Experts educate parents about special-needs children

October 30, 2005|By BONNIE H. BRECHBILL

CHAMBERSBURG, Pa. - Pennsylvania is the birthplace of special education in the United States, thanks to a lawsuit filed by parents of a special-needs child many years ago, according to Kay Lipsitz of the Pennsylvania Education Network.

"Their child was at home, receiving no education," Lipsitz said. The education that child needs might be different from that the siblings receive, but the child must be educated, she said.

Local experts on special education gathered Saturday for a conference, "Children: Our Investment in the Future," to help parents better understand the educational processes necessary for their children.


One of the presenters at the conference at the Chambersburg Church of the Brethren was Terry Dailey, a rehabilitation counselor with the state Office of Vocational Rehabilitation.

Dailey recommends that parents teach children to speak up and ask for what they need in terms of appropriate education.

"Teach them to be assertive, not aggressive," she said.

When necessary, parents should get involved, as Dailey did when she discovered that her son, who is dyslexic, was not being given achievement tests.

"The school didn't want to throw his results in with everyone else's and bring the average down," Dailey said.

She advocated for him, someone read the tests to him and he scored on Grade Level 16 in math and science.

Dailey recommends that college-bound high school students with special needs complete all of their assignments, even though the high school might not require it.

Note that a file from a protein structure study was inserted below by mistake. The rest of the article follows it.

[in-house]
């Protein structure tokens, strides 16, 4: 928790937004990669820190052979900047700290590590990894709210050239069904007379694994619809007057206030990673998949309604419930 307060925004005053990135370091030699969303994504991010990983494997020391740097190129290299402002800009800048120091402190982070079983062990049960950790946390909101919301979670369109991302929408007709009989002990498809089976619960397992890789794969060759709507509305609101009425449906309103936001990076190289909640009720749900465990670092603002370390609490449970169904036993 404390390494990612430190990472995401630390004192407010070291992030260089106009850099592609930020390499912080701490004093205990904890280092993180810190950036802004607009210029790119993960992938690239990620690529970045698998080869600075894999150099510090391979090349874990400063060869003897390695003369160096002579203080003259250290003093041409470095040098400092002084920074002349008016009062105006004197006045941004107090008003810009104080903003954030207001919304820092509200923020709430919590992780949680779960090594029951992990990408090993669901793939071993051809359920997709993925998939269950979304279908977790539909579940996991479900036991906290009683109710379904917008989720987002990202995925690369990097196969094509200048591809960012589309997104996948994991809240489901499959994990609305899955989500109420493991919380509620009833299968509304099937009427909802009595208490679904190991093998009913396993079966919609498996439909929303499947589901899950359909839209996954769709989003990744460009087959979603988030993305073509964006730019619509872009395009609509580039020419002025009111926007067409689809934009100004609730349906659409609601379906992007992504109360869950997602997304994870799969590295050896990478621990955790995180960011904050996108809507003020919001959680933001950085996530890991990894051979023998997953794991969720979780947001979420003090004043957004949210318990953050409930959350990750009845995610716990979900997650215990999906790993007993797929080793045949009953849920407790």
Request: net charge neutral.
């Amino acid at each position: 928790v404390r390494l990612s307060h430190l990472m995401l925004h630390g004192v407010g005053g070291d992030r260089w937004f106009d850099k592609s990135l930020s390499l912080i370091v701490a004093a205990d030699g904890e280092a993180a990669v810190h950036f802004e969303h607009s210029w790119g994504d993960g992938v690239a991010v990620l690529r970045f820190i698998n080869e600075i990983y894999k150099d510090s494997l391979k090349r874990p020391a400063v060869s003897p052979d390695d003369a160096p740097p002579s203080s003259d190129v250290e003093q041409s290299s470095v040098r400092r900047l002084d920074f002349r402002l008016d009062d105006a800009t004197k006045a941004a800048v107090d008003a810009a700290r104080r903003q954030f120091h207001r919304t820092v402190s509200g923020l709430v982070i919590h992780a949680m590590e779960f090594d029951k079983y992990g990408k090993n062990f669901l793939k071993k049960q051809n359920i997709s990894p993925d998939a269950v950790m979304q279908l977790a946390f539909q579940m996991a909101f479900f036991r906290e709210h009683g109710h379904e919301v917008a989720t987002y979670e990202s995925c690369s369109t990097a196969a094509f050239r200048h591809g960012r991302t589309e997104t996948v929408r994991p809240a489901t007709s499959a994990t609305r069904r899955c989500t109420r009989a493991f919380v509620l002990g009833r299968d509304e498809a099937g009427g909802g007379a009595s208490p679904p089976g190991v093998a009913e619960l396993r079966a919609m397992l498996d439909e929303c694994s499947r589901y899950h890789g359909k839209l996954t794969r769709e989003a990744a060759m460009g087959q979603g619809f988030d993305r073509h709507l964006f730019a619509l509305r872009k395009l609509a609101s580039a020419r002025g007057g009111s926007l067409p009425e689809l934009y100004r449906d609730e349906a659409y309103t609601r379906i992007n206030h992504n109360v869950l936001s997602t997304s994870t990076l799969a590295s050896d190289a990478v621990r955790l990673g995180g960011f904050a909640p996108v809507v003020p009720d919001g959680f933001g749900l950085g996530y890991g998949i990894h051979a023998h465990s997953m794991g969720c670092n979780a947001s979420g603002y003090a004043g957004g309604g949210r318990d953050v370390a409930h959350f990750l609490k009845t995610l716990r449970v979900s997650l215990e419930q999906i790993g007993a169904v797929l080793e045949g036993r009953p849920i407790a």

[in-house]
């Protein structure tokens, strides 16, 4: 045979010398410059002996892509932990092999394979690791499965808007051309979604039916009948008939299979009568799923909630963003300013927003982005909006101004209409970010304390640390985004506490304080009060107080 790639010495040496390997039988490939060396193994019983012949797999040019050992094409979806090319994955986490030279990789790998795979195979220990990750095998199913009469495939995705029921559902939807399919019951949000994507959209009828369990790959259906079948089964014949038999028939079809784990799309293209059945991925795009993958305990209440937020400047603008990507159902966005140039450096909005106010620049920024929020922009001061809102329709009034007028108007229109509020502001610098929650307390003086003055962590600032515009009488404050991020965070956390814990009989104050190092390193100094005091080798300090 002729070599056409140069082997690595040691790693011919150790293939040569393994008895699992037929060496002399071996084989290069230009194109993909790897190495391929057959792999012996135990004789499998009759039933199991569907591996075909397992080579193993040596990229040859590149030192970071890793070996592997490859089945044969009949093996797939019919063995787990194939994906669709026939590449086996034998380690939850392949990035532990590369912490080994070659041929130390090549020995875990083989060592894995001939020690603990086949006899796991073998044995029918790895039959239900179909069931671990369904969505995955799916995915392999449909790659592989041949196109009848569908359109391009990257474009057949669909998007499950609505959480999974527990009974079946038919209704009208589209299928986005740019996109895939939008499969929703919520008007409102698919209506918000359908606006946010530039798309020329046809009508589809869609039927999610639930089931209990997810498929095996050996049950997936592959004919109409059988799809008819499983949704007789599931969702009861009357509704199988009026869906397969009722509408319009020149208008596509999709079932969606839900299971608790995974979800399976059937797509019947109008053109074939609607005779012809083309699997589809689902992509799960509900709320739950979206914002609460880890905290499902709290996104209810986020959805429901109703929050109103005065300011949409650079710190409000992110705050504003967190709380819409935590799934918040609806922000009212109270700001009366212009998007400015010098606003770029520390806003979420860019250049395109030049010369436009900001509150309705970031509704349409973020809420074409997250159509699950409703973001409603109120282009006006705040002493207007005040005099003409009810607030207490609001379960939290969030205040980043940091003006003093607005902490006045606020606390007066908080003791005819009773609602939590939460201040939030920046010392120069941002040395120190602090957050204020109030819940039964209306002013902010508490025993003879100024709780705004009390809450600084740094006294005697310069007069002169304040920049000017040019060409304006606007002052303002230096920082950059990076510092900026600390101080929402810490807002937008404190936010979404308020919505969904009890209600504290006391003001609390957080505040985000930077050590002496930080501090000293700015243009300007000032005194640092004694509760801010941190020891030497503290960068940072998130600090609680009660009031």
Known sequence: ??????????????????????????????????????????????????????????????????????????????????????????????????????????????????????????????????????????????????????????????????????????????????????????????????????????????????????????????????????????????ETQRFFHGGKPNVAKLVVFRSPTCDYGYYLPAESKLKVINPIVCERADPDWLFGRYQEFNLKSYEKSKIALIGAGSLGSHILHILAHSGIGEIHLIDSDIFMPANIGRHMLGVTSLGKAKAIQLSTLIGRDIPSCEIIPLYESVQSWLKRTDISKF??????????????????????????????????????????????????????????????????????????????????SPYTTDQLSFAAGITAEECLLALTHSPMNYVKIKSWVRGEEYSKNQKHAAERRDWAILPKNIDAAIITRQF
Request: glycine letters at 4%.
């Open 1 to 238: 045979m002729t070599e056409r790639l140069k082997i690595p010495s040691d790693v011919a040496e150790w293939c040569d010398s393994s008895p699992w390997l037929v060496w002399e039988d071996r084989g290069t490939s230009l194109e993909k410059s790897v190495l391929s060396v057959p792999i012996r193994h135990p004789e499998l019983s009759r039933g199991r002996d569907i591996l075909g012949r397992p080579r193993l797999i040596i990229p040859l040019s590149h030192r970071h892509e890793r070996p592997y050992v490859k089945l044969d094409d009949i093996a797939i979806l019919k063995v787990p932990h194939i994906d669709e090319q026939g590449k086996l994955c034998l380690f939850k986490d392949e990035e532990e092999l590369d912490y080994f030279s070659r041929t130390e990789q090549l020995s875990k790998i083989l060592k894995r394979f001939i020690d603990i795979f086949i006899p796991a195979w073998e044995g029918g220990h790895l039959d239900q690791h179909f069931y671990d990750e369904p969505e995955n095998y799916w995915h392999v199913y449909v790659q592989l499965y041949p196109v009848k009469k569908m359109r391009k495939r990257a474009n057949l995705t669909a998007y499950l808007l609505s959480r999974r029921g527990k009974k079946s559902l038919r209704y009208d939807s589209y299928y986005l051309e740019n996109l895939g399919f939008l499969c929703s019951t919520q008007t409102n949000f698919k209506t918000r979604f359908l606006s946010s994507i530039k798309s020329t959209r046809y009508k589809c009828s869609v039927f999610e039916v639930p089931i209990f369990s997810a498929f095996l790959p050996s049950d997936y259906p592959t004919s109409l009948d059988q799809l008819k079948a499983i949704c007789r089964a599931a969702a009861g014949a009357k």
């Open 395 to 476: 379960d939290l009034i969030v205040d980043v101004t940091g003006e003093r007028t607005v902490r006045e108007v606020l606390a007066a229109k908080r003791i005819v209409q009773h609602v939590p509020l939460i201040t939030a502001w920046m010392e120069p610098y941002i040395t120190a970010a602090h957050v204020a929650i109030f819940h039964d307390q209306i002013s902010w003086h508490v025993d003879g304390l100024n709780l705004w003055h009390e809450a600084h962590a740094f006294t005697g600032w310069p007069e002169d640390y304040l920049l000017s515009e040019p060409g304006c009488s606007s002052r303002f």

"Record your papers if your spelling is bad, but do all the assignments," Dailey said. "College isn't going to let you do reduced course requirements. You may get preferential seating, books on tape, etc., but you're going to have to do all the work."

When placing special-needs students in jobs, Dailey finds out what their learning styles are. They are taken out to four different jobs that they think they might be interested in and allowed to try them out, she said.

"Employers can be reimbursed for 50 percent of the wages for 90 days while training the employee," Dailey said. There also are tax credits for employers who hire the disabled.

Dailey educates employers about these incentives and many are becoming more receptive to hiring the disabled, she said.

Virginia Baker of Chambersburg said her 8-year-old son, Christopher, was misdiagnosed as having attention-deficit hyperactivity disorder (ADHD) at age 3, then correctly diagnosed with Asperger's syndrome at age 4.

"He has social difficulties, difficulties with transitions, he's gullible, he's very literal; if someone says, 'Hold your horses,' he thinks there are real horses," Baker said. "He has trouble with common sense issues, and he can't stay focused."

Christopher, however, is highly intelligent and attends a regular class at U.L. Gordy Elementary School with a therapeutic support staff to assist him.

"I fought for him to have the least restrictive placement," Baker said. "Getting dressed is a challenge, but he can read an encyclopedia. Schools have a hard time understanding that."

Baker said she came to the conference to find out about the laws governing the Individualized Education Plan so that she can be a better advocate for her child.

"I want to learn what programs are out there for him," Baker said.

The conference was sponsored by the Mental Health Association of Franklin and Fulton Counties in conjunction with AmeriCorps.

The Herald-Mail Articles